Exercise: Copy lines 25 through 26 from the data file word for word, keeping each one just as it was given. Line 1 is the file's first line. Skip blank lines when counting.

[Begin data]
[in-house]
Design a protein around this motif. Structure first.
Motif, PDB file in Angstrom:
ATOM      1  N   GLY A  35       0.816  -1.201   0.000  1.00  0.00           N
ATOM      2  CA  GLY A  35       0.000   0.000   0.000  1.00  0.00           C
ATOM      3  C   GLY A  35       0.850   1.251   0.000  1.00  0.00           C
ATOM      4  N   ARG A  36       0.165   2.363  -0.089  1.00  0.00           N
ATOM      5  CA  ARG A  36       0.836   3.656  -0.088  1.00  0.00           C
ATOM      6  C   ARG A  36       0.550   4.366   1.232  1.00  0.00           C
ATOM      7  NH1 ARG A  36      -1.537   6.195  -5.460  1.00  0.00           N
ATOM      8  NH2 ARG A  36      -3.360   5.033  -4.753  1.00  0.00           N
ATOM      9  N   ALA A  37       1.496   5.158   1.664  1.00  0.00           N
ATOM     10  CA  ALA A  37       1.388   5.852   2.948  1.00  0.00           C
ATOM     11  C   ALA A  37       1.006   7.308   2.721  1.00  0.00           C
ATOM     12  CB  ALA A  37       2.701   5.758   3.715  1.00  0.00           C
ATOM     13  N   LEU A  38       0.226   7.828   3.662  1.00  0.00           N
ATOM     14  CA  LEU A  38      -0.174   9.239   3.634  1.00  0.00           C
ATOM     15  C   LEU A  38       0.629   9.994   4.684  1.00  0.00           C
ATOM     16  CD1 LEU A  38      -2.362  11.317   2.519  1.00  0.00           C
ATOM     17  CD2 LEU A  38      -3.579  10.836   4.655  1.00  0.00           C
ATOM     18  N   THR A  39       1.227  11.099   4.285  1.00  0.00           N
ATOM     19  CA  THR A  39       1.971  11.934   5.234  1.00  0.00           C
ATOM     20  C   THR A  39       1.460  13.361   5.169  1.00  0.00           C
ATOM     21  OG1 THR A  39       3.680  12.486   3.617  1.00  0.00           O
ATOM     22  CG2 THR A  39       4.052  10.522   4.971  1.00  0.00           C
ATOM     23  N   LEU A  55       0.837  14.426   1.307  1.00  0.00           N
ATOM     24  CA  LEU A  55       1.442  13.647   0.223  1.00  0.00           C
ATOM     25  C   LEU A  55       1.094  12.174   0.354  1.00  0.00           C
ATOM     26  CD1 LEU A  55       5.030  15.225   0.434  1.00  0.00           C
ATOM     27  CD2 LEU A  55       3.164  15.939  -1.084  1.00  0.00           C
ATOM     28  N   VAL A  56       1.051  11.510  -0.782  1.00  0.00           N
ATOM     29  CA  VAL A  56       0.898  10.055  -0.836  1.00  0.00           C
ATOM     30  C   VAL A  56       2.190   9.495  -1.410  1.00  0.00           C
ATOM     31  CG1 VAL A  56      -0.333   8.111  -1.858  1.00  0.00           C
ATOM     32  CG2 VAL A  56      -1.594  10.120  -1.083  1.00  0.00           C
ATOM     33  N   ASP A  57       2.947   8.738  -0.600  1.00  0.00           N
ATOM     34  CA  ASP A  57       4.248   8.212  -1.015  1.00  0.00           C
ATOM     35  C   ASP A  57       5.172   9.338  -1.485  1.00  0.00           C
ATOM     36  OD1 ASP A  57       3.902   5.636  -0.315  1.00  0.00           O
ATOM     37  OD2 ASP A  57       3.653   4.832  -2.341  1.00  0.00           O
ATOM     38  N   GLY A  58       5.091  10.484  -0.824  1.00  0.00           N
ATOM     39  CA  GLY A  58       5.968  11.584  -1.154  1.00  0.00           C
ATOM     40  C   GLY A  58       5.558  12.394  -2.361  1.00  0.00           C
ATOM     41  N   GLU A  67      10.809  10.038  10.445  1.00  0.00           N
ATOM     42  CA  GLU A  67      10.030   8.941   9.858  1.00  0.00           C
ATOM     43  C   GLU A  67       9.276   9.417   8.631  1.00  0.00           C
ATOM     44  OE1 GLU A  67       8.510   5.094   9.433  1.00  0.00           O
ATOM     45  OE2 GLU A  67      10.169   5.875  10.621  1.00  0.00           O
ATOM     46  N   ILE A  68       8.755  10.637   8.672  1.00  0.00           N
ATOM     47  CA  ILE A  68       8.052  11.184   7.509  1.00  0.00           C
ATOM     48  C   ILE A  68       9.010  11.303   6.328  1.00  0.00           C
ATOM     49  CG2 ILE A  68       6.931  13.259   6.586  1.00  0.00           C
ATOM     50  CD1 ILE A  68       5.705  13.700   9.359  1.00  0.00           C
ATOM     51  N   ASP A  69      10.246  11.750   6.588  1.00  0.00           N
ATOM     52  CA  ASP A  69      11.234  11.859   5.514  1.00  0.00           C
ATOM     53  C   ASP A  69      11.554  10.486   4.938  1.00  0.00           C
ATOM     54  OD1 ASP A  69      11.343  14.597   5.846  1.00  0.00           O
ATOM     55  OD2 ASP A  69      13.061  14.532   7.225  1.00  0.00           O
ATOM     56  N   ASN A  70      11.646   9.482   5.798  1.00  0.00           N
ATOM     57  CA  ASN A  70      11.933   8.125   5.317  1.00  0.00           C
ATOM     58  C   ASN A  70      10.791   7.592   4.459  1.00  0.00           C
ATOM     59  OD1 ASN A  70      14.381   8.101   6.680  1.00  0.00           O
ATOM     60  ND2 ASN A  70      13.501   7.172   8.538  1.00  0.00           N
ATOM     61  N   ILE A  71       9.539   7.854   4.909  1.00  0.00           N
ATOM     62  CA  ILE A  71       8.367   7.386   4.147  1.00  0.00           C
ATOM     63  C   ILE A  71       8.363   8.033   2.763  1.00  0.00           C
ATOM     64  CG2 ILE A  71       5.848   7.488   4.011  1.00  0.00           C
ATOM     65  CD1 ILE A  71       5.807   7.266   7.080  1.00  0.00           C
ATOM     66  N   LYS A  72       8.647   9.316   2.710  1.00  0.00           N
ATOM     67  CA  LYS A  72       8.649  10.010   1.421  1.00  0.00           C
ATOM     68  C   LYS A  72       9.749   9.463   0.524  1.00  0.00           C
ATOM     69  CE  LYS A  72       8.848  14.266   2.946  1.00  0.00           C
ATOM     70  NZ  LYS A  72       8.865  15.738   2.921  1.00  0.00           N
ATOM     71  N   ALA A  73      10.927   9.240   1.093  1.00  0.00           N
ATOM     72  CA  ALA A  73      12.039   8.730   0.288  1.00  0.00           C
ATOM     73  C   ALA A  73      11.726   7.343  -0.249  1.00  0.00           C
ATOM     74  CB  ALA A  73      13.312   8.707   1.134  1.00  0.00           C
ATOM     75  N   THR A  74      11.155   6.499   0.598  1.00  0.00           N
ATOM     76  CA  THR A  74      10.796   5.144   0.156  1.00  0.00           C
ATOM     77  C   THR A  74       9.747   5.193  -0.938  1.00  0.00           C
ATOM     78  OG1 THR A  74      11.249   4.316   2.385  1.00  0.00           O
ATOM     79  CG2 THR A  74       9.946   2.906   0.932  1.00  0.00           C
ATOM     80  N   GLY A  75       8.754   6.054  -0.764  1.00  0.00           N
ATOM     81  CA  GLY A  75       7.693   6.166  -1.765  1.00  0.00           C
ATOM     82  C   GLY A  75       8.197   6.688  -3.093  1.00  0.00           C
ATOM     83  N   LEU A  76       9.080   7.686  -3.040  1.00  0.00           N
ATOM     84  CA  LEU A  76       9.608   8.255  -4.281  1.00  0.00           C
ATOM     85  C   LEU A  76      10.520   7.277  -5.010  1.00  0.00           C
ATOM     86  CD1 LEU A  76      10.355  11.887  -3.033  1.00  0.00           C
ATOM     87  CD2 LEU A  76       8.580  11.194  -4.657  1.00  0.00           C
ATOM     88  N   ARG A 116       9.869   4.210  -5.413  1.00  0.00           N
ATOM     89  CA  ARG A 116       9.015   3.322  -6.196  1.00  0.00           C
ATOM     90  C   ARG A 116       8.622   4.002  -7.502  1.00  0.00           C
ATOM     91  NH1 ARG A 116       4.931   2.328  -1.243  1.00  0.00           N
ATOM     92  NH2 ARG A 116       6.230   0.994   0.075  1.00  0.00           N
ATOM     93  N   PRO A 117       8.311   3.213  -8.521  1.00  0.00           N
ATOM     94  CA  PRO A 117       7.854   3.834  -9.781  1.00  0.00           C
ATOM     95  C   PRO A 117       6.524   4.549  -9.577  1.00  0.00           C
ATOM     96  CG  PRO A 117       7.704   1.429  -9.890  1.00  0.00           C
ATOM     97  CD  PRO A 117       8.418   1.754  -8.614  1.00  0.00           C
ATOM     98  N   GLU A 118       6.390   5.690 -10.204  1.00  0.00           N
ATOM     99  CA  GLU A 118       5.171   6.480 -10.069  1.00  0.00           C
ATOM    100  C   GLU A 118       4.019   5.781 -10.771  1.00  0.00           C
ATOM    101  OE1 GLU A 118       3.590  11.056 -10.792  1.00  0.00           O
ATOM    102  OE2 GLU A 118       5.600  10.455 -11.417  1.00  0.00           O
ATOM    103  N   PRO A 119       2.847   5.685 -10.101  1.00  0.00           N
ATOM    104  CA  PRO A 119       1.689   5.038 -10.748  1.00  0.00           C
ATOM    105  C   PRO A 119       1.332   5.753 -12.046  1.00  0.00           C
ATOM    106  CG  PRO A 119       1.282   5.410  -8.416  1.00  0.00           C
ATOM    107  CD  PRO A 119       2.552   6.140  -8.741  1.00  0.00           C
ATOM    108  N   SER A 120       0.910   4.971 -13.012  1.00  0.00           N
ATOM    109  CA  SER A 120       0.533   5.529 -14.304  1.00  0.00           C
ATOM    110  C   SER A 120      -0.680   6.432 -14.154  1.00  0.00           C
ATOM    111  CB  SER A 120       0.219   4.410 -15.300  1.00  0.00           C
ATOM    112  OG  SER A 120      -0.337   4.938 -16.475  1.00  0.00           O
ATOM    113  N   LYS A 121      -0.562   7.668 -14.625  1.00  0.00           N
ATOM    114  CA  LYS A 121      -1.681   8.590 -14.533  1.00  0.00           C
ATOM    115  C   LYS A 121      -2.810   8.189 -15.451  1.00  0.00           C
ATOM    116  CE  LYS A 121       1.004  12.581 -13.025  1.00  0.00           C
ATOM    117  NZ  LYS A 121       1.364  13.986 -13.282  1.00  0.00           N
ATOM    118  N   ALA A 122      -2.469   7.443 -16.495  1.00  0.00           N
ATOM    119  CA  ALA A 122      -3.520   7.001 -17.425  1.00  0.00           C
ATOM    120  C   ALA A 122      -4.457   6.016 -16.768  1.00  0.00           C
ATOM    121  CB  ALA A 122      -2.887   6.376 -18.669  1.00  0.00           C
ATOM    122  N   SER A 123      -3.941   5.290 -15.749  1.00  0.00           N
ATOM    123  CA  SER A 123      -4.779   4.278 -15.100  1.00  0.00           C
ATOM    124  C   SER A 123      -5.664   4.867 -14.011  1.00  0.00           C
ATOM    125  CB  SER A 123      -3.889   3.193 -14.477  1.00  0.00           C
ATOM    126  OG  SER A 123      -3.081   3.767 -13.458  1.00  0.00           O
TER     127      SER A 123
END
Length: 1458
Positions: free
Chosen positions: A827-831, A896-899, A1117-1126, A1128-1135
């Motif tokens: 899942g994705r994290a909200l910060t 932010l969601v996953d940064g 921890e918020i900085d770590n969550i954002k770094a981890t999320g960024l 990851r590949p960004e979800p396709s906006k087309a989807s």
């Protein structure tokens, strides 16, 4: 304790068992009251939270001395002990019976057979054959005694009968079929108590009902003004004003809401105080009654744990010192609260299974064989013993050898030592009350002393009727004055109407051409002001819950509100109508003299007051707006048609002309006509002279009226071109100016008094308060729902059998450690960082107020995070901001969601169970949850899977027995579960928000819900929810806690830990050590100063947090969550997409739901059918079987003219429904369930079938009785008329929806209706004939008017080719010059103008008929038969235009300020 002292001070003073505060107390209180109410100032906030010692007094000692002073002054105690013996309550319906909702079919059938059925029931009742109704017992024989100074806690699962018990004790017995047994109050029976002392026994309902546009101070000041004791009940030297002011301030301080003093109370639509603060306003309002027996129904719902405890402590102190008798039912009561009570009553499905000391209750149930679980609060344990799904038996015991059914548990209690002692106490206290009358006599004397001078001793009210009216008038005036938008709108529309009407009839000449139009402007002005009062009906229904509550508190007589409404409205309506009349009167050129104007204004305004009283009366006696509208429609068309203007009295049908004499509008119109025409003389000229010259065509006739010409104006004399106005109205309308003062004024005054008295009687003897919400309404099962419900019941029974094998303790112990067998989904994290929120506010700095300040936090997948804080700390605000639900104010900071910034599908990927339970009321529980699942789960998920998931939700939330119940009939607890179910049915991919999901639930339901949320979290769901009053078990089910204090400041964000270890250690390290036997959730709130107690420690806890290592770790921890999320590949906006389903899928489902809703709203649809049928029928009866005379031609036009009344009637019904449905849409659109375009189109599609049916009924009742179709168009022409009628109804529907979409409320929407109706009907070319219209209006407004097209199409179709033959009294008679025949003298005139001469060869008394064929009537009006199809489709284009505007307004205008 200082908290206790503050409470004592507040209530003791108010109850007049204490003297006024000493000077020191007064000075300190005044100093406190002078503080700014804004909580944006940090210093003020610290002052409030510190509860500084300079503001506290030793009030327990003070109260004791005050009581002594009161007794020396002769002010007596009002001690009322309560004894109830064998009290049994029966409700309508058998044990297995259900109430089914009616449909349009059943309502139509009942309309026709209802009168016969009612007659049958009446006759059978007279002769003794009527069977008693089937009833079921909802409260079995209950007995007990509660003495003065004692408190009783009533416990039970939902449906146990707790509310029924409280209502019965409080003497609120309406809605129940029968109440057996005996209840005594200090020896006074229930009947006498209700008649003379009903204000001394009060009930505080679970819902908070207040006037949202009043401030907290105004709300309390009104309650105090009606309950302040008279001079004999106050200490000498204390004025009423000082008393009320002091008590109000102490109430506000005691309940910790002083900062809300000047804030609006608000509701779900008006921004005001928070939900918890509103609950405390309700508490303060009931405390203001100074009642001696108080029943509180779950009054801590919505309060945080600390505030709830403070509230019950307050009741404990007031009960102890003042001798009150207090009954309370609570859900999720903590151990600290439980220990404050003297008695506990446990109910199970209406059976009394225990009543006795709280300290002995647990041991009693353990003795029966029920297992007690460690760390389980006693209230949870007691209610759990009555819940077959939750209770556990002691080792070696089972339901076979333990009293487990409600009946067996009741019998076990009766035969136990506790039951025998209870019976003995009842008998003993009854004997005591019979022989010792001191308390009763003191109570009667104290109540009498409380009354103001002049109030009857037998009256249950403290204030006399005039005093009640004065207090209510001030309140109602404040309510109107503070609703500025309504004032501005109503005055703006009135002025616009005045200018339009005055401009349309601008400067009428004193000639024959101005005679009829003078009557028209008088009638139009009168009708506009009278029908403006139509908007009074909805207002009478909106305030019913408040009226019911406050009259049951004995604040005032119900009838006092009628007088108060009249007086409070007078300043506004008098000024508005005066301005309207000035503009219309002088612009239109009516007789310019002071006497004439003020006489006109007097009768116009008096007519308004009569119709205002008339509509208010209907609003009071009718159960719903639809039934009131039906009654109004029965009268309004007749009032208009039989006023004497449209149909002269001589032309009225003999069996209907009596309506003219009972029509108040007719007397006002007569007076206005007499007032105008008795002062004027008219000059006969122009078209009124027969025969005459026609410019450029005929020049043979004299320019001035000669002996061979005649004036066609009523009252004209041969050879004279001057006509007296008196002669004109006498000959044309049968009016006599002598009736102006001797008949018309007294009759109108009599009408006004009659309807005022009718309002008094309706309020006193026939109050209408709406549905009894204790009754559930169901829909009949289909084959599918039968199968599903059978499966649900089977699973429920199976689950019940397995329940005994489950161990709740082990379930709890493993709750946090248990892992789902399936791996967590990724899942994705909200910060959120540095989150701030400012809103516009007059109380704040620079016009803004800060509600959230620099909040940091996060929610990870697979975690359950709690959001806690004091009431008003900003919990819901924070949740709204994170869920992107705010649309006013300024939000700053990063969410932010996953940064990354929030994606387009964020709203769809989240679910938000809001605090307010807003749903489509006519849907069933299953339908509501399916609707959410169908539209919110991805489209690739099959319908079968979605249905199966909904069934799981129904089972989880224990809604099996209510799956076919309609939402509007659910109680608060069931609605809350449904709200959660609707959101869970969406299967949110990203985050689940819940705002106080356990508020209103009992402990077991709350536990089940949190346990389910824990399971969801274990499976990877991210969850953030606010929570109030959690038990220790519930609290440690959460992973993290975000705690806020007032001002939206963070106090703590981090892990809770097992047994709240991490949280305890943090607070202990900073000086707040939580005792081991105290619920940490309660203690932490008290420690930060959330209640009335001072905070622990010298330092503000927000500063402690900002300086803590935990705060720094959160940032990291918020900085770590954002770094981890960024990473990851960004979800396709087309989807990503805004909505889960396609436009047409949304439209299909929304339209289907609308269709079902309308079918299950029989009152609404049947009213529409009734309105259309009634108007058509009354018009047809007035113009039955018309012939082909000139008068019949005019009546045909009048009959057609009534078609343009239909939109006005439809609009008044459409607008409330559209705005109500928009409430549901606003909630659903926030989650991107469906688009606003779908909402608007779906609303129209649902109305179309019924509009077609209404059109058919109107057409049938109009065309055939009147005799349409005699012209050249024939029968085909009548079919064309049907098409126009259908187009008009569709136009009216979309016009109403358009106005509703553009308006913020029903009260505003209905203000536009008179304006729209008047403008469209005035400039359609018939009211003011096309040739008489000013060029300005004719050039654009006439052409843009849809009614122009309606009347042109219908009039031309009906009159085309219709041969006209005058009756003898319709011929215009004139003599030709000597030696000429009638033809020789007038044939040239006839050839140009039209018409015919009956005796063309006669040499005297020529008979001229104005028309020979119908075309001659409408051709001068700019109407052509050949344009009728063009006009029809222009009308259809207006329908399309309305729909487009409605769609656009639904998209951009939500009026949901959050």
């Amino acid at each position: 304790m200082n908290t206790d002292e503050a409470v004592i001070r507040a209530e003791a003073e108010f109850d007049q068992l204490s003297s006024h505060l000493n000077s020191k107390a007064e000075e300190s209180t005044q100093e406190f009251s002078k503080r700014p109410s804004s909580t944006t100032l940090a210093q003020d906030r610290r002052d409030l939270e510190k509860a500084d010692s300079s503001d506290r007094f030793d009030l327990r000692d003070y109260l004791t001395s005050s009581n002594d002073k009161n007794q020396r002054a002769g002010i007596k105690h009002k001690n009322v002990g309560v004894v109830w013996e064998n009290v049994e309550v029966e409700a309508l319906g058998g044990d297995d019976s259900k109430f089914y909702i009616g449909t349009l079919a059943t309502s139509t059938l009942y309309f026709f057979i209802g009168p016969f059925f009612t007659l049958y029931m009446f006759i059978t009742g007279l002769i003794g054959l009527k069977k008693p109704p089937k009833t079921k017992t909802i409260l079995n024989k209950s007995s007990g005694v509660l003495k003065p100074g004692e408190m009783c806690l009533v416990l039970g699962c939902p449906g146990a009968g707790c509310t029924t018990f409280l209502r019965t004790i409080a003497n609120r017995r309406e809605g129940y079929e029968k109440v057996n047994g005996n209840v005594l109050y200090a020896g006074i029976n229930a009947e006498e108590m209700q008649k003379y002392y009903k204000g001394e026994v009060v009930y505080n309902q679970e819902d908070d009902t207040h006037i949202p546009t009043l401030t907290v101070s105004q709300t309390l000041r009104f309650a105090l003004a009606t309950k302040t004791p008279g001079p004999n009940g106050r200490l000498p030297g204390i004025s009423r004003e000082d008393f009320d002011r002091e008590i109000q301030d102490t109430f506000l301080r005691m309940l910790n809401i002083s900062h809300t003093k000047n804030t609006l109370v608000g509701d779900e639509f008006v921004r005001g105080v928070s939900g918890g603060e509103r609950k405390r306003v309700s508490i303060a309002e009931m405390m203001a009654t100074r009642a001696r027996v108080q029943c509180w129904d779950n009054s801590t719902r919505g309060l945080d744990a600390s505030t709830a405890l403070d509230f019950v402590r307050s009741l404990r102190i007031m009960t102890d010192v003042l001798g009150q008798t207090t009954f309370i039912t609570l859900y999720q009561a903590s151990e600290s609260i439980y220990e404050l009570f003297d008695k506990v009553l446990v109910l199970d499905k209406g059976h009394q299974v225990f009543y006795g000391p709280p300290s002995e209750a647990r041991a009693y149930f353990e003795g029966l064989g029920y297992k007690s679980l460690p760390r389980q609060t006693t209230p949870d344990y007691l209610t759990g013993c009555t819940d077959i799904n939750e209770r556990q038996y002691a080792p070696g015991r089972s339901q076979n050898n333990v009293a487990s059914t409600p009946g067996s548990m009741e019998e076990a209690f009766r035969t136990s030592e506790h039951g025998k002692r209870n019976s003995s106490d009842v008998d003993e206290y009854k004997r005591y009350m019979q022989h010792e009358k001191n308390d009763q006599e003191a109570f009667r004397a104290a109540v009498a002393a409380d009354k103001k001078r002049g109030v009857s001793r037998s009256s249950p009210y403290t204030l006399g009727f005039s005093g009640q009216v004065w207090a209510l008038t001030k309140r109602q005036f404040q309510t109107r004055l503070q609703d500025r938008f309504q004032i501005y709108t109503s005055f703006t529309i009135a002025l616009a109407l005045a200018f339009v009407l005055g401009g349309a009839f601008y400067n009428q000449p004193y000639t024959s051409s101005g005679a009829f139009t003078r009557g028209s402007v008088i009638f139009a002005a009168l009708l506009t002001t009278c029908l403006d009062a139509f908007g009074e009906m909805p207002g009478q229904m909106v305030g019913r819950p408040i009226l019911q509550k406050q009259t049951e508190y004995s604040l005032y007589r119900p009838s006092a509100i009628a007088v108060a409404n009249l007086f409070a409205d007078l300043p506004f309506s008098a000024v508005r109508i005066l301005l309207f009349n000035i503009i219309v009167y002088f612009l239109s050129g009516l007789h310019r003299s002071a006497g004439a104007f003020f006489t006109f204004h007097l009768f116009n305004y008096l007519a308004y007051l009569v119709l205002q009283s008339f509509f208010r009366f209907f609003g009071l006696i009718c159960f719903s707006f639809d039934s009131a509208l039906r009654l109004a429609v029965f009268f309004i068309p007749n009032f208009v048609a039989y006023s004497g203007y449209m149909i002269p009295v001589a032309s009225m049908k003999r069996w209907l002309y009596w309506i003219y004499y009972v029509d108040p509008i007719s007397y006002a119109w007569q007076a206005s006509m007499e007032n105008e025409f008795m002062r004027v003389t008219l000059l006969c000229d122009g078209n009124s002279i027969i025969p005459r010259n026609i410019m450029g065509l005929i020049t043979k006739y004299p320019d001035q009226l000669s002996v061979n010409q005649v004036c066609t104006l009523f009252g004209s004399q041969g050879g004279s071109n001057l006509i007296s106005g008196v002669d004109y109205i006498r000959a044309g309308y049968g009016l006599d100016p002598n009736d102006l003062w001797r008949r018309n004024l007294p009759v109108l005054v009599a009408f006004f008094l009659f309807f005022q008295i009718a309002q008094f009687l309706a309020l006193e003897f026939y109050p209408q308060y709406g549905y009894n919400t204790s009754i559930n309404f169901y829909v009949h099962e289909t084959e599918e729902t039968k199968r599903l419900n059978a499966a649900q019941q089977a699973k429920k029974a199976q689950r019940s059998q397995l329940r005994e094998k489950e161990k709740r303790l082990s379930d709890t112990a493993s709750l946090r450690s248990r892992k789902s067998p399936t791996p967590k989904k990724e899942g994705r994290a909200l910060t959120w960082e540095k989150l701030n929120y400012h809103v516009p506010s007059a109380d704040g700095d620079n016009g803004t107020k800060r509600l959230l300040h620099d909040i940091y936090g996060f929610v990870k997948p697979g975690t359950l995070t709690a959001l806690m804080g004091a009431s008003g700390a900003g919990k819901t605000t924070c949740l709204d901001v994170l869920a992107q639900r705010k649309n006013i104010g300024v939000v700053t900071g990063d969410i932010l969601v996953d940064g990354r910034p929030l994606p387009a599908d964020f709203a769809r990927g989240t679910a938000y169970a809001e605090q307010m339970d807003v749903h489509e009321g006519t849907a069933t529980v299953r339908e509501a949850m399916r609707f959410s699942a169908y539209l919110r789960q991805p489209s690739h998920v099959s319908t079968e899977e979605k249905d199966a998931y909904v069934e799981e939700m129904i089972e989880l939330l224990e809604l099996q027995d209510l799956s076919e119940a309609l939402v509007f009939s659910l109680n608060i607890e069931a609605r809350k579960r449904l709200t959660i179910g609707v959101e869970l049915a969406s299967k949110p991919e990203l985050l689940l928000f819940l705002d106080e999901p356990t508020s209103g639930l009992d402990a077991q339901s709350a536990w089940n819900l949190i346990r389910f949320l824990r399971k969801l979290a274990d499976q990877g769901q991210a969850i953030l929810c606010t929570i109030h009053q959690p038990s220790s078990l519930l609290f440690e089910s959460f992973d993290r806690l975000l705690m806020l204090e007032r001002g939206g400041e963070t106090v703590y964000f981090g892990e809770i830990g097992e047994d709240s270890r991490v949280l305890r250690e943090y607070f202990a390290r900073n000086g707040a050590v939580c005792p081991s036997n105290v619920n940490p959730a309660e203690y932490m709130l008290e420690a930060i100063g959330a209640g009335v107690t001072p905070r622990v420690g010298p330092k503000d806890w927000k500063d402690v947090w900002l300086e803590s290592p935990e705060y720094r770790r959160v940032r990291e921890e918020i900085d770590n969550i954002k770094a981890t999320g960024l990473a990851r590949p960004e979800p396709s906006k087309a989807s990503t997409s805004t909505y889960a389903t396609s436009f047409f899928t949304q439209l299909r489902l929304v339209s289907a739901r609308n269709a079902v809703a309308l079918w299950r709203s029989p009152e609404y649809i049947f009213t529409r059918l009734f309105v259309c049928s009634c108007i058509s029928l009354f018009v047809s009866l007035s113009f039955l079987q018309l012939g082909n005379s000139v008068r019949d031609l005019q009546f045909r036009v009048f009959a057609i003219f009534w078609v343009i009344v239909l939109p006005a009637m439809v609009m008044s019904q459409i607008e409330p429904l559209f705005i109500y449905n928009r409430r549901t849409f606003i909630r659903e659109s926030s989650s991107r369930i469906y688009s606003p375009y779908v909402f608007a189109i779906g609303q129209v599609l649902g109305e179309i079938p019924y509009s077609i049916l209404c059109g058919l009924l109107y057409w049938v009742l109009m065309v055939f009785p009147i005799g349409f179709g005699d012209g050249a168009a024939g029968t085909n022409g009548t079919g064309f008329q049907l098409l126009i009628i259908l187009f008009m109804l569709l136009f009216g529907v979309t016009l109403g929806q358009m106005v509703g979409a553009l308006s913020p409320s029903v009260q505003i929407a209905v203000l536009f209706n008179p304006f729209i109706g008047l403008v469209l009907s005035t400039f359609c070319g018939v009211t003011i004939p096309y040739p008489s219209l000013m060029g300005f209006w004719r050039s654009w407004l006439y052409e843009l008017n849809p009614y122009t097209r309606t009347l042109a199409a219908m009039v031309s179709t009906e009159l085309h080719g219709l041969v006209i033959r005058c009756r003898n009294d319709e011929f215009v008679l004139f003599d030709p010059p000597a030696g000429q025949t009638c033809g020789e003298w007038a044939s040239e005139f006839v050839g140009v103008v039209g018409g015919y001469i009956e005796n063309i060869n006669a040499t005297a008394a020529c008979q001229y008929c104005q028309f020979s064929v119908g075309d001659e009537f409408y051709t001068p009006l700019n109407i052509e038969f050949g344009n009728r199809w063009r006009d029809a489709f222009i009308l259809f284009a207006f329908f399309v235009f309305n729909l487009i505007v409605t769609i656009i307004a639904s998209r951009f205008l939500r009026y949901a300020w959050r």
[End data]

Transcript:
ATOM     22  CG2 THR A  39       4.052  10.522   4.971  1.00  0.00           C
ATOM     23  N   LEU A  55       0.837  14.426   1.307  1.00  0.00           N